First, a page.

Time once again to upgrade my desktop computer. My current system, an ASUS P67 Sabertooth motherboard (P67 Chipset/Socket 1155), Intel Core i7-2600K (Sandy Bridge) processor, AMD Radeon HD 6950 GPU, and 8 GB of DDR3-1600 G.Skill RAM, served me well, but I wanted to move on to Intel’s “Ivy Bridge” architecture. This post will document my upgrade, starting with the parts I selected and why; the assembly of the system and the challenges I encountered; and finally, a few thoughts on overclocking the upgraded system.
In keeping with previous builds, my goal was to use the best quality components I could find for a reasonable price, and build a good, fast, and reliable machine for PC gaming. In other words, build a machine that’s represents a good value.
The Case – I looked for a mid-tower case that featured good air flow and plenty of room for wiring. The NZXT Tempest case I used for my Sandy Bridge build had served me well, but turned out to be a a bit constraining when it came to routing wiring and keeping the inside of the case looking neat. This time I settled on the Corsair Graphite Series 600T. The 600T is a mid-tower in height, but nearly 11 inches wide. Pre-cut holes with rubber grommets in the motherboard tray combined with plenty of room behind it allowed for clean, uncluttered cable routing; and the dual 200mm fans located at the top of the case assisted in providing very good cooling.
The Power Supply – I decided to go with the Corsair TX750 V2. Corsair’s power supplies are quality products, featuring a single dedicated, single +12V rail for maximum and efficient power distribution and they’re sensibly priced. The unit is 80 PLUS Bronze certified (> 80% efficient) and quiet.
The Processor – After doing a little research and giving it much consideration, I chose the Intel Core i7-3770k processor with a 3.5 GHz base clock frequency, 3.9 GHz maximum default “turbo” frequency, and 8 MB of L3 cache and hyper-threading. Besides the featuring the highest clock frequency among the mid-range Ivy Bridge socket 1155 desktop processors, the “K” suffix means the “turbo mode” multipliers are fully unlocked, giving this processor a lot of overclocking potential.
The Heatsink – After doing a bit a research to make sure it would clear the surrounding components on the motherboard, including the RAM, I chose the Cooler Master Hyper 212 Plus. To improve its already very good cooling capabilities, I purchased an additional 120 mm fan to match the fan the product shipped with and then set it up in a push/pull configuration. This configuration combined with the Corsair case provides very good overall processor cooling. Finally, to ensure that both fans would rotate at reasonably the same speed, I used a PWM splitter from Rosewill to power and control both fans from the processor fan header.
The RAM – I was looking to upgrade to 16 GB of RAM this time around, with timings as low as possible. A factor that I was again glad I considered ahead of time was whether the RAM would fit under the processor’s fan/heatsink due to the close proximity of the RAM slots to processor. I ended up eliminated a couple of products (Corsair’s “Dominator” as an example) because they were simply too tall to fit. Finally I ended up selecting G.Skill’s RipjawsX DDR3-1866 16 GB kit (4 * 4GB), which runs at 1.5v with timings specified at 9-10-9-28.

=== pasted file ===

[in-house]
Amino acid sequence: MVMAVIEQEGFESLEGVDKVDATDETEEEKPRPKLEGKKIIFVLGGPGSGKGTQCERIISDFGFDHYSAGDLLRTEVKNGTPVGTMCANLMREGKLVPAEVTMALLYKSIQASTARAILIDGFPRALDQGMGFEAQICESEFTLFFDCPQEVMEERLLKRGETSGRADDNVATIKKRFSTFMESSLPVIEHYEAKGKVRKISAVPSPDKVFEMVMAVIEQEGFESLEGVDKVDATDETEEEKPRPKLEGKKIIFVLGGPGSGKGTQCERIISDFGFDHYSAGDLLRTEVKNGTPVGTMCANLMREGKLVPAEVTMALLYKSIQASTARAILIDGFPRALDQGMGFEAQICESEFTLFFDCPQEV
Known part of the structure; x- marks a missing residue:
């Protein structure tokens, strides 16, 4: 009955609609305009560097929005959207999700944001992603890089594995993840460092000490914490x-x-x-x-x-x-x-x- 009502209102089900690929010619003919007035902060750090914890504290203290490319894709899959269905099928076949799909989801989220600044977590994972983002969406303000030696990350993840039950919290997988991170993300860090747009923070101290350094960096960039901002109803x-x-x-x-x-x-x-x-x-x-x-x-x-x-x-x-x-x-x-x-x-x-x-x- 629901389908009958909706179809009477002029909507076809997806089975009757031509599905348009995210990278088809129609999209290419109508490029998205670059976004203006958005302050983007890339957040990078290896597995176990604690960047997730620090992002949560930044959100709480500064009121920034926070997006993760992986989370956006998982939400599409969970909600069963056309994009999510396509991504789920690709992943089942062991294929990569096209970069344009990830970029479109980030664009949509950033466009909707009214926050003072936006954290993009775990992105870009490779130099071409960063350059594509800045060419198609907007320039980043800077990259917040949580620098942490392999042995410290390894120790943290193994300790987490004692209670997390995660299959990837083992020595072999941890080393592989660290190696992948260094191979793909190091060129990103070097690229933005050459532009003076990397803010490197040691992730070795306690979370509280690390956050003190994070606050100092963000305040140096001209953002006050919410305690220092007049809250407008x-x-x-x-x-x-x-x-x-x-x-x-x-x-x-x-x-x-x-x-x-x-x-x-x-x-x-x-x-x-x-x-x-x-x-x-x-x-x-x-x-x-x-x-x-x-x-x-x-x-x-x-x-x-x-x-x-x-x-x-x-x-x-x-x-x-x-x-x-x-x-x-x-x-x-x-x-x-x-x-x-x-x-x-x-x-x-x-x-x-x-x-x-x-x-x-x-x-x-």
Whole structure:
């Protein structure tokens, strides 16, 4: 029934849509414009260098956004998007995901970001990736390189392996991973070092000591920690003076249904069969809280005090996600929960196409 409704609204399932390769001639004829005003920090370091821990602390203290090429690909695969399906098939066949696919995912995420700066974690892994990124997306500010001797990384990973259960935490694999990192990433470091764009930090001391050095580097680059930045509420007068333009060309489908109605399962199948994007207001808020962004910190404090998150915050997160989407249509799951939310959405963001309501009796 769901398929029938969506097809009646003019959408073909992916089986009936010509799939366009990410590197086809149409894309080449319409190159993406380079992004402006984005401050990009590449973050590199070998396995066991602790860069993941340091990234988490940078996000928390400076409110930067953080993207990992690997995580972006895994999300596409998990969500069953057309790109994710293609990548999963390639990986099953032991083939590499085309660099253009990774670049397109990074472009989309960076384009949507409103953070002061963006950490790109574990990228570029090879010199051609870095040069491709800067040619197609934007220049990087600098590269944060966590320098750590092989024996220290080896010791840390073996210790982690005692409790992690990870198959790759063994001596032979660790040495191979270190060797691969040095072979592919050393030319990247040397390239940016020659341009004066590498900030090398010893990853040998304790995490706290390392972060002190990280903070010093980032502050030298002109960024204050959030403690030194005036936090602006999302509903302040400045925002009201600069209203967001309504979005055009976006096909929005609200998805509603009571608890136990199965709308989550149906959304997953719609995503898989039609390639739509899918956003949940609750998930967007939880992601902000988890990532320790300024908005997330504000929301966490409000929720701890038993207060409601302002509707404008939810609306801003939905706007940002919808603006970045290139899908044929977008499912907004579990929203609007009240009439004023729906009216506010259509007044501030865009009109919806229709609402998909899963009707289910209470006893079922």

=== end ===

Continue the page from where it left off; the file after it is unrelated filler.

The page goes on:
The Graphics – I with AMD again. After doing looking at some online comparisons, choosing Gigabyte’s version of AMD’s Radeon HD 7870, the GV-R787OC-2GD. At ~$360, it provided the best performance for the money. Indeed, given my 24-inch Dell monitor’s 1920 * 1200 resolution, this GPU should easily handle nearly any game I throw at it.
The Hard Drives – With this build I decided to step up the size and performance of the SSD drive and selected a 2.5-inch OCZ Vertex 4 120 GB SATA 6 Gb/s drive. This will serve as my system drive, containing the operating system and a few of my most used applications and games, while a Western Digital Caviar Black 1TB 7200 RPM 64MB cache SATA 3.0 drive will hold the bulk of my non-OS data.
The Optical Drive – Yup, still use one of these :). In this case, the venerable ASUS DRW-24B1ST.
The Operating System – Not much of a surprise here, I went with Windows 7 Pro 64-bit. The Home Premium version doesn’t support Remote Desktop connections from another computer, a feature I use daily, and this of course is my gaming rig, leaving a Linux out of the hunt (for now). Besides, I get my *nix on using my laptop, which is setup to dual boot windows and several Linux distros, as well as various other machines I administer.
Time to put those parts to some use. I typically build my systems outside of the case first, then when I’m sure everything is running well, I’ll place the components in the case and dress up the wiring (See Figure 1).
The SATA 3.0 and SATA 6.0 ports on the ASUS Z77 are mounted horizontally on the board, making it easier to connect/disconnect disk drives with graphics cards in place. I connected the 120 GB OCZ Vertex 4 drive to the SATA 6.0 GB port 1, and the 1TB WD Caviar Black drive on the SATA 6.0 port 2. These are the Brown SATA ports on the ASUS Sabertooth Z77 motherboard.
When mounting the Cooler Master Hyper 212 Plus, I was able to achieve the lowest processor temperatures by applying two thin lines of thermal compound, in this case, Artic’s Silver 5, to the two center mounting base partitions heat sync (See Figure 2). My idle temperatures are hovering around ~28C when measured in UEFI and approximately the same when measured from within Windows using Real Temp.